New species discovered in the seabed off the coast of Chile

An oceanographic campaign has led to the discovery of about 100 new species in the deep sea.

chaunacops Avec l'aimable autorisation du Schmidt Ocean Institute

The deep seabed, which is still largely unexplored, is a constant source of innovation for scientists. Exploration campaigns routinely reveal the existence of new species.

For example, a few weeks ago, an oceanographic campaign led by the Schmidt Ocean Institute took its vessel, the Falkor (too), 2,500 km off the coast of Chile, focusing on the Juan Fernández and Nazca-Desventuradas marine parks in the south-east Pacific, where it discovered a host of new species, including a red frogfish.

An exploration down to depths of 4,500 metres 

When the scientific team reached the ridges of Salas y Gómez and Nazca, two undersea mountain ranges stretching for 2,900 kilometres and comprising more than 200 seamounts, they used an ROV, an underwater robot capable of descending down to 4,500 metres, to explore and map 52,777 square kilometres of seabed. 

This work led to the discovery of four seamounts in the Chilean waters. The highest mountain explored and mapped for the first time was 3,530 m high.

Corals, sponges and sea urchins, an abundance of life

During the campaign, the scientists identified deep-sea corals, glass sponges, sea urchins, amphipods, spiny lobsters and other species that are probably new to science. The samples obtained will undergo physiological and genetic studies to check that they are indeed new species.

"This expedition has far exceeded our expectations. We always expect to find new species in these remote and little-explored areas, but the sheer quantity we have found, particularly for certain groups such as sponges, is staggering", said Javier Sellanes, the scientist leading the expedition. "These flourishing, healthy ecosystems show that the Nazca-Desventuradas and Juan Fernández marine parks provide effective protection for fragile marine habitats."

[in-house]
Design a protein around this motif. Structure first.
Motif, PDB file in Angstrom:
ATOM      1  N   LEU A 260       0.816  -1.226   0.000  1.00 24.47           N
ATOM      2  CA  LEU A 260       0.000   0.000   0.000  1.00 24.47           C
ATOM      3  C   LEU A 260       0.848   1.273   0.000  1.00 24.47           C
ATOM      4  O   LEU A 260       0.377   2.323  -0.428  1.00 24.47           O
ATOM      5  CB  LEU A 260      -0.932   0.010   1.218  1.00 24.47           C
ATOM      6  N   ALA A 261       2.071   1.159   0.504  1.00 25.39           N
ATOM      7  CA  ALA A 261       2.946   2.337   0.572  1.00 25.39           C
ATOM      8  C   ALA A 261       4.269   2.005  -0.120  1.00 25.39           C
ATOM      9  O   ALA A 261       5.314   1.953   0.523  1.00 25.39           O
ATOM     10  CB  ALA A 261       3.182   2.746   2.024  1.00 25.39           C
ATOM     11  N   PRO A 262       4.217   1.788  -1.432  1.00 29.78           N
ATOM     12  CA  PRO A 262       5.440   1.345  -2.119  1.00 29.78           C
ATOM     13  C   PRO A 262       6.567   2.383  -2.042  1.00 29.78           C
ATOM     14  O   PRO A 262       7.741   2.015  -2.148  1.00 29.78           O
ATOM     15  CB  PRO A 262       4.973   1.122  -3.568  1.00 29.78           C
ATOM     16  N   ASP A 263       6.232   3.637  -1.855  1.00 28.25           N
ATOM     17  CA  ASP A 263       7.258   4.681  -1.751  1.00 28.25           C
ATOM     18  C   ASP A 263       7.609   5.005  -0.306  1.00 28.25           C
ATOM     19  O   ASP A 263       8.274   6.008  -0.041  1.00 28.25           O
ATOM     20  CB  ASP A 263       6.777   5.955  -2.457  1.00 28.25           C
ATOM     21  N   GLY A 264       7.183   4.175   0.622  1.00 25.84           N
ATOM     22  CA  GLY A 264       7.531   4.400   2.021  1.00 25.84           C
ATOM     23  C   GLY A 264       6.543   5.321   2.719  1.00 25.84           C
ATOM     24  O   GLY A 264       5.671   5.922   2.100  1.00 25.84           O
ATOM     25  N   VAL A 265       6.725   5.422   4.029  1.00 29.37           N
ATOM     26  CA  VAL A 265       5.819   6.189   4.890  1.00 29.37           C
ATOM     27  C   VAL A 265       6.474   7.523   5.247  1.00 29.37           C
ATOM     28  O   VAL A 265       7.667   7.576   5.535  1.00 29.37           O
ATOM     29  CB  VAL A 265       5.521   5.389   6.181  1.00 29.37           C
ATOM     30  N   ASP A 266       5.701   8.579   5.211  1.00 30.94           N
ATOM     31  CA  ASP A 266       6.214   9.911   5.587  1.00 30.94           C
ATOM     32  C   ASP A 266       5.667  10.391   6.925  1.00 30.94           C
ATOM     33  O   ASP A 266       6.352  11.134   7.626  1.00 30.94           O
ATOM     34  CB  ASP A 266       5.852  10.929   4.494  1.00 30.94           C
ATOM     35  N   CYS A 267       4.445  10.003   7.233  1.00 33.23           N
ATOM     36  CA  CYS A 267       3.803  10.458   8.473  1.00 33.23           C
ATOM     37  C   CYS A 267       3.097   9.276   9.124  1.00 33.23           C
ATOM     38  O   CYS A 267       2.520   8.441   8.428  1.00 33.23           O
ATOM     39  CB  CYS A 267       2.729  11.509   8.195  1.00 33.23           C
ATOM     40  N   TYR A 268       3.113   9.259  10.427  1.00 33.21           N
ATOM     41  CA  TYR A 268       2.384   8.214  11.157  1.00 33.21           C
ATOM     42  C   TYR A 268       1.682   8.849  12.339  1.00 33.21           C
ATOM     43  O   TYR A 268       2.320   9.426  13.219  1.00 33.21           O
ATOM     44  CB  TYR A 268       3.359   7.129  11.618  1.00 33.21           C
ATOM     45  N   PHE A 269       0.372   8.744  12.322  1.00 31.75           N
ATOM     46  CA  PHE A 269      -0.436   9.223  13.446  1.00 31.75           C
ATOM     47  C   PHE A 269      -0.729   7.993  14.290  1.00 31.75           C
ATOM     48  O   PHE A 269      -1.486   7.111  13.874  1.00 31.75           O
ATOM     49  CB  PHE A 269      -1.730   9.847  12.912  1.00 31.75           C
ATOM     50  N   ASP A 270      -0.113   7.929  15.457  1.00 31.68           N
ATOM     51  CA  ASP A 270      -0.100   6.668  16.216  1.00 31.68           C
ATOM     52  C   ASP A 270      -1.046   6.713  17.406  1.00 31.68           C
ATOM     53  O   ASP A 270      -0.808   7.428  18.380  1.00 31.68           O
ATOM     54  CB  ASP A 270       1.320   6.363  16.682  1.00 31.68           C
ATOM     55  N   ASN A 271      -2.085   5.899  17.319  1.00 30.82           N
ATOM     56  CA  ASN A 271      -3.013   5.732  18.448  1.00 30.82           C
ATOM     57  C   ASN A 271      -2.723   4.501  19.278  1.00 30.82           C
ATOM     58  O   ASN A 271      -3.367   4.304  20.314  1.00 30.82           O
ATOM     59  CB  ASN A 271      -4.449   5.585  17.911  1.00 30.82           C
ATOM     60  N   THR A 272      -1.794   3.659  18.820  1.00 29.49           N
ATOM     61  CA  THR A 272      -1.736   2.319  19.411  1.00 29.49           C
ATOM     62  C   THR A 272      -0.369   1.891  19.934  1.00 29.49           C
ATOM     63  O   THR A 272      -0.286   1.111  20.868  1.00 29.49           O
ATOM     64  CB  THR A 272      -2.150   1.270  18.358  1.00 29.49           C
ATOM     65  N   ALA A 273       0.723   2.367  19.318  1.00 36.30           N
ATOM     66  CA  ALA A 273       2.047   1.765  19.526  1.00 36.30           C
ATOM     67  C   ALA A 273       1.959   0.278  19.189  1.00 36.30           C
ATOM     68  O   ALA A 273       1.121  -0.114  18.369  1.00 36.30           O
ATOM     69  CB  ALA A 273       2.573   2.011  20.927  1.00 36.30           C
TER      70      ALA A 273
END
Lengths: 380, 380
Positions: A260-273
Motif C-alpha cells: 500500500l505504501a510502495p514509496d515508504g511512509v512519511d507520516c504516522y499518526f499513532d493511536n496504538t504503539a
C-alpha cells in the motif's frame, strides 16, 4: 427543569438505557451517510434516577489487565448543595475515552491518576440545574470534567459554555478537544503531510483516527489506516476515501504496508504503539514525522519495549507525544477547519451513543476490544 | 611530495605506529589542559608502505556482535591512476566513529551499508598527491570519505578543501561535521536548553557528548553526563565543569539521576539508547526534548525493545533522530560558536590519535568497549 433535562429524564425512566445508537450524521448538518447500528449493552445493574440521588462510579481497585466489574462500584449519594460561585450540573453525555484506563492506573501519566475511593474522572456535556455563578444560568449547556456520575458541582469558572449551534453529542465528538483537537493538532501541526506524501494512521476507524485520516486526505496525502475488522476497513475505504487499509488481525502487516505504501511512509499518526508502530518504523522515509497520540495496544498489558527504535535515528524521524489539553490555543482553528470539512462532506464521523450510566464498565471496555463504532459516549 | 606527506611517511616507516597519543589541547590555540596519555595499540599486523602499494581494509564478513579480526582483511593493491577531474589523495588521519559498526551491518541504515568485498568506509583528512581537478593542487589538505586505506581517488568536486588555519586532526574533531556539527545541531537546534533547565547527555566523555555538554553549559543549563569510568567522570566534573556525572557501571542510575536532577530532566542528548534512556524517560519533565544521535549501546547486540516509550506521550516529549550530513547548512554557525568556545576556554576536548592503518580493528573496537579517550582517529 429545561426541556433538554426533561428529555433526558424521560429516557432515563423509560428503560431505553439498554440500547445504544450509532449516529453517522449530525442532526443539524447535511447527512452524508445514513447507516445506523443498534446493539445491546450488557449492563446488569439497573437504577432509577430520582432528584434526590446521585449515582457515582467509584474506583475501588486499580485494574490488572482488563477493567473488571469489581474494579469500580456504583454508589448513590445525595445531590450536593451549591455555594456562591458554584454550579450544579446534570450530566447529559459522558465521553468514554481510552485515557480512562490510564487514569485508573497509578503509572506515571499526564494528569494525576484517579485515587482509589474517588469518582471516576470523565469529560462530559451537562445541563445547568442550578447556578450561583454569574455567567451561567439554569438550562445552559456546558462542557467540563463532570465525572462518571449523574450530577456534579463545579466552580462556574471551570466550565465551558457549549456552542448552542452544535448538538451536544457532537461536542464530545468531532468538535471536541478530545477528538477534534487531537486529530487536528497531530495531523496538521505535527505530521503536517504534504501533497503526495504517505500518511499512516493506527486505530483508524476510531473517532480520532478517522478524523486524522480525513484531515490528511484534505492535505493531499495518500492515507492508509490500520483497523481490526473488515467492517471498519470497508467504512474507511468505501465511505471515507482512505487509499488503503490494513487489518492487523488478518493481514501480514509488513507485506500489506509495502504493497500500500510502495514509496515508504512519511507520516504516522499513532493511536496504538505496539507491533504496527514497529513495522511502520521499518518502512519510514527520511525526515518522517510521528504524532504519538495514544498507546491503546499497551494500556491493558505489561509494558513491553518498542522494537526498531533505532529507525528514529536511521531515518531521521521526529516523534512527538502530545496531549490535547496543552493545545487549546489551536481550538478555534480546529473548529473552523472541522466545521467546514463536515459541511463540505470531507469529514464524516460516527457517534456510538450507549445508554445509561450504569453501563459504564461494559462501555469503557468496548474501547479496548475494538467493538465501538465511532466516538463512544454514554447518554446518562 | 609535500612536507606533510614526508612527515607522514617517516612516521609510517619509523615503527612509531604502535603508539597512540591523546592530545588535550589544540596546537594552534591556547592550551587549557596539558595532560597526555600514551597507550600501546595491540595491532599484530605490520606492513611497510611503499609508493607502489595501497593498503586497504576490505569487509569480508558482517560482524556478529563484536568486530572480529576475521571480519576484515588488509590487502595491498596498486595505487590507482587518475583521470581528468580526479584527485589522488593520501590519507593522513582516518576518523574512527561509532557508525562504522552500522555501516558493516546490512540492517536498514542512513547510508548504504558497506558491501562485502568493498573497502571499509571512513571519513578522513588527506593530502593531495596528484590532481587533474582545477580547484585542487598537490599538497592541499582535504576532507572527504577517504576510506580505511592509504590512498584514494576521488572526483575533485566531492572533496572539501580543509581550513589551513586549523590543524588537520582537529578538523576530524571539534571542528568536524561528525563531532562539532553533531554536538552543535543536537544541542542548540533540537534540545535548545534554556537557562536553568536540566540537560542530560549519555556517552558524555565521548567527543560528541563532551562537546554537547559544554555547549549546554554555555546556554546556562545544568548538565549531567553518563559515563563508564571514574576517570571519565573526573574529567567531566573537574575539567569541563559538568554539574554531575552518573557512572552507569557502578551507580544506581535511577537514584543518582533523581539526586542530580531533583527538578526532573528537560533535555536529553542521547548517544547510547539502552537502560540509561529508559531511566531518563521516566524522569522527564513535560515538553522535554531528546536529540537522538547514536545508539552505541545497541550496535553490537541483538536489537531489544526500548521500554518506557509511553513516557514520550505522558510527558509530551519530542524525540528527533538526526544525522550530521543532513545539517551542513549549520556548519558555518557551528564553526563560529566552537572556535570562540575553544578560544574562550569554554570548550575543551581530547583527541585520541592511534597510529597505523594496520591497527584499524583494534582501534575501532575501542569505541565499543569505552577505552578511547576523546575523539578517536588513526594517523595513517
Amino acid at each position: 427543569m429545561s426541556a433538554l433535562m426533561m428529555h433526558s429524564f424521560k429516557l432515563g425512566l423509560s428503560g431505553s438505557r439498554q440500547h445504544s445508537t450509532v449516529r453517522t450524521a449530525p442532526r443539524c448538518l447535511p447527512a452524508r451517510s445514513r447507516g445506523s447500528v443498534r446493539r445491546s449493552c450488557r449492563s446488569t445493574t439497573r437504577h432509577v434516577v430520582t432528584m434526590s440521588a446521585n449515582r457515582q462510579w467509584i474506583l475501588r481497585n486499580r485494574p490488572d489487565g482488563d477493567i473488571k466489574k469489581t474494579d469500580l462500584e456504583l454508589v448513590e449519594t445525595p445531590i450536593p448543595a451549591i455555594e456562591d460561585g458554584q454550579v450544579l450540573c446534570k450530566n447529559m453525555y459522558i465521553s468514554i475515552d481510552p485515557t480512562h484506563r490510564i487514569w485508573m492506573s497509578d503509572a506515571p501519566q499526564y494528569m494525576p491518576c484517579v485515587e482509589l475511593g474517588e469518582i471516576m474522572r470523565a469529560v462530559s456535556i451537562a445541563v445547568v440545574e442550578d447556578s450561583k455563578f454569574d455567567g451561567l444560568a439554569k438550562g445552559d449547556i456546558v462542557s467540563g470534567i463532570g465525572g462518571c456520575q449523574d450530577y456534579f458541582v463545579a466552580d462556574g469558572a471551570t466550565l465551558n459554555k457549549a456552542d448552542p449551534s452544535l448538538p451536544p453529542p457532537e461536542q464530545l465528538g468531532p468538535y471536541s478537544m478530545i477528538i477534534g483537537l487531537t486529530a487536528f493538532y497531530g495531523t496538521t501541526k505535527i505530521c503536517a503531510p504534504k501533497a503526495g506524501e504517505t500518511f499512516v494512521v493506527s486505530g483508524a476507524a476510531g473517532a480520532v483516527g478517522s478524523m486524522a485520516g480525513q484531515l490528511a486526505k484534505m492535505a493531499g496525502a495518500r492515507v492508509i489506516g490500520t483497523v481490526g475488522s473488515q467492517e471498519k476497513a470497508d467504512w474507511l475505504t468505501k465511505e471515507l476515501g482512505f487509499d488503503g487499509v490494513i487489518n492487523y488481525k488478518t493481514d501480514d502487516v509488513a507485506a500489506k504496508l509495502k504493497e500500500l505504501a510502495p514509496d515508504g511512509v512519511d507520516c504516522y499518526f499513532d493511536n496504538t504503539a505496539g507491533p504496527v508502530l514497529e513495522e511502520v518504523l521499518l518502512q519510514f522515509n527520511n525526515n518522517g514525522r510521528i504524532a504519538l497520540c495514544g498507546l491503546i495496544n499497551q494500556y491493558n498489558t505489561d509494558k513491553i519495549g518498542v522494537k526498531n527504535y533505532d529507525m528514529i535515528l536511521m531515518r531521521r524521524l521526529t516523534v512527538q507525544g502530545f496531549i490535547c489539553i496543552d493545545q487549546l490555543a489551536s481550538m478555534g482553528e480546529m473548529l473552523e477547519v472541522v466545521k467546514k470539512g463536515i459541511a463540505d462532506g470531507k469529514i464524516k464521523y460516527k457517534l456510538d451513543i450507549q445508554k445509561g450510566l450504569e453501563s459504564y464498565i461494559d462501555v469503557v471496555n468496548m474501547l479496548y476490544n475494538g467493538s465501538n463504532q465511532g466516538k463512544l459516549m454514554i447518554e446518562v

The Schmidt Ocean Institute's exploration missions are carried out in partnership with the Nippon Foundation's Nekton Ocean Census Program, which aims to identify new marine species. These campaigns also aim to collect data that may help underpin the designation of an international marine protected area on the high seas in the region.

The deep seabed, a fascinating and vulnerable world

So far, only 5% of the seabed has been accurately mapped, and scientists believe that the number of species that could exist in the depths, from plankton to the largest marine animals, could be as many as 10 million.

In fact, almost at the same time as the Schmidt Ocean Institute campaign, a scientific expedition from the Ocean Census project also discovered around a hundred new species at a depth of 4,800 metres, around the Bounty Trough, an 800-kilometre-long crevasse in the south-east of New Zealand.

These new species, just like all the other marine animals living in the deep sea, are particularly vulnerable. Scientists are warning that deep-sea mining would have dramatic consequences for ecosystems about which so much is still unknown. 



Photo : Courtesy of the Schmidt Ocean Institute


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